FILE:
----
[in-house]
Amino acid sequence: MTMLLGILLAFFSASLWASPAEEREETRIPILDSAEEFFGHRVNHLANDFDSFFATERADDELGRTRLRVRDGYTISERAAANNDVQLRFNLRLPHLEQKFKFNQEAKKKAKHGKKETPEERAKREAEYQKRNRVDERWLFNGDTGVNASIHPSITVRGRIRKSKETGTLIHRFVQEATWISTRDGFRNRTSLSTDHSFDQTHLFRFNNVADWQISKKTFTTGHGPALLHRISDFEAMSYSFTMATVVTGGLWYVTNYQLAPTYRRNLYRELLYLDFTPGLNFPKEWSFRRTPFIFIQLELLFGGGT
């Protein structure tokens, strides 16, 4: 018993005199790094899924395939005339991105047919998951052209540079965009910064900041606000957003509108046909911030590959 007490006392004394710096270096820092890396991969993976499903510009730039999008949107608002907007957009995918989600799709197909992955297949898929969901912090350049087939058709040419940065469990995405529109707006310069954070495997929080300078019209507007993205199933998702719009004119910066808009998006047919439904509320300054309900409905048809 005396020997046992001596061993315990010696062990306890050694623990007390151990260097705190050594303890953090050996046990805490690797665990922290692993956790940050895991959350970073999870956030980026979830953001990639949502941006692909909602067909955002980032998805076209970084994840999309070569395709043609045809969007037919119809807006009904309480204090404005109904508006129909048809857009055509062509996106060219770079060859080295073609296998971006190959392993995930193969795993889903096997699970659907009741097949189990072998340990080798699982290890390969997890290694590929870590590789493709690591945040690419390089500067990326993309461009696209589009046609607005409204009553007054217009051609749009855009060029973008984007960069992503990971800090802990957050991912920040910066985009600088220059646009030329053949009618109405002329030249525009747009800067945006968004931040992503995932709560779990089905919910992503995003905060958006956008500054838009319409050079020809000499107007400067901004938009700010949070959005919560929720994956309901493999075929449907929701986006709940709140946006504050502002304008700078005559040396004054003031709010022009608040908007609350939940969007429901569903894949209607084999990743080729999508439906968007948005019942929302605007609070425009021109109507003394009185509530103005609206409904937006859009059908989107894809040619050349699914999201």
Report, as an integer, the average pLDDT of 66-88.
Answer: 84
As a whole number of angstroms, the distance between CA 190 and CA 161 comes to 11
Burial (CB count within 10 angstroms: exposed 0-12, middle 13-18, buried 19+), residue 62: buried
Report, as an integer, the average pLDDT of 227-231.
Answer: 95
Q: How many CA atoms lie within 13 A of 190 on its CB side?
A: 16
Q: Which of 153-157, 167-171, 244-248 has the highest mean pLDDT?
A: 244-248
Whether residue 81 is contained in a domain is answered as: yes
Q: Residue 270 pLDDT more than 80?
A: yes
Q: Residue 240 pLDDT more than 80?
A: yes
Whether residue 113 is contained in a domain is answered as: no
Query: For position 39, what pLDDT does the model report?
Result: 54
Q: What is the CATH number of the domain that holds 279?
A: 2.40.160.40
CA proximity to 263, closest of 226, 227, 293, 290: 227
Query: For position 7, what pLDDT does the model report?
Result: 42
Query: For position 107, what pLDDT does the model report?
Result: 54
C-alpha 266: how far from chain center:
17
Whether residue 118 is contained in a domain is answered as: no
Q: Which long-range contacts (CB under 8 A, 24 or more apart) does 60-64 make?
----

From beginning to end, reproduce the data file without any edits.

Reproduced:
[in-house]
Amino acid sequence: MTMLLGILLAFFSASLWASPAEEREETRIPILDSAEEFFGHRVNHLANDFDSFFATERADDELGRTRLRVRDGYTISERAAANNDVQLRFNLRLPHLEQKFKFNQEAKKKAKHGKKETPEERAKREAEYQKRNRVDERWLFNGDTGVNASIHPSITVRGRIRKSKETGTLIHRFVQEATWISTRDGFRNRTSLSTDHSFDQTHLFRFNNVADWQISKKTFTTGHGPALLHRISDFEAMSYSFTMATVVTGGLWYVTNYQLAPTYRRNLYRELLYLDFTPGLNFPKEWSFRRTPFIFIQLELLFGGGT
């Protein structure tokens, strides 16, 4: 018993005199790094899924395939005339991105047919998951052209540079965009910064900041606000957003509108046909911030590959 007490006392004394710096270096820092890396991969993976499903510009730039999008949107608002907007957009995918989600799709197909992955297949898929969901912090350049087939058709040419940065469990995405529109707006310069954070495997929080300078019209507007993205199933998702719009004119910066808009998006047919439904509320300054309900409905048809 005396020997046992001596061993315990010696062990306890050694623990007390151990260097705190050594303890953090050996046990805490690797665990922290692993956790940050895991959350970073999870956030980026979830953001990639949502941006692909909602067909955002980032998805076209970084994840999309070569395709043609045809969007037919119809807006009904309480204090404005109904508006129909048809857009055509062509996106060219770079060859080295073609296998971006190959392993995930193969795993889903096997699970659907009741097949189990072998340990080798699982290890390969997890290694590929870590590789493709690591945040690419390089500067990326993309461009696209589009046609607005409204009553007054217009051609749009855009060029973008984007960069992503990971800090802990957050991912920040910066985009600088220059646009030329053949009618109405002329030249525009747009800067945006968004931040992503995932709560779990089905919910992503995003905060958006956008500054838009319409050079020809000499107007400067901004938009700010949070959005919560929720994956309901493999075929449907929701986006709940709140946006504050502002304008700078005559040396004054003031709010022009608040908007609350939940969007429901569903894949209607084999990743080729999508439906968007948005019942929302605007609070425009021109109507003394009185509530103005609206409904937006859009059908989107894809040619050349699914999201």
Report, as an integer, the average pLDDT of 66-88.
Answer: 84
As a whole number of angstroms, the distance between CA 190 and CA 161 comes to 11
Burial (CB count within 10 angstroms: exposed 0-12, middle 13-18, buried 19+), residue 62: buried
Report, as an integer, the average pLDDT of 227-231.
Answer: 95
Q: How many CA atoms lie within 13 A of 190 on its CB side?
A: 16
Q: Which of 153-157, 167-171, 244-248 has the highest mean pLDDT?
A: 244-248
Whether residue 81 is contained in a domain is answered as: yes
Q: Residue 270 pLDDT more than 80?
A: yes
Q: Residue 240 pLDDT more than 80?
A: yes
Whether residue 113 is contained in a domain is answered as: no
Query: For position 39, what pLDDT does the model report?
Result: 54
Q: What is the CATH number of the domain that holds 279?
A: 2.40.160.40
CA proximity to 263, closest of 226, 227, 293, 290: 227
Query: For position 7, what pLDDT does the model report?
Result: 42
Query: For position 107, what pLDDT does the model report?
Result: 54
C-alpha 266: how far from chain center:
17
Whether residue 118 is contained in a domain is answered as: no
Q: Which long-range contacts (CB under 8 A, 24 or more apart) does 60-64 make?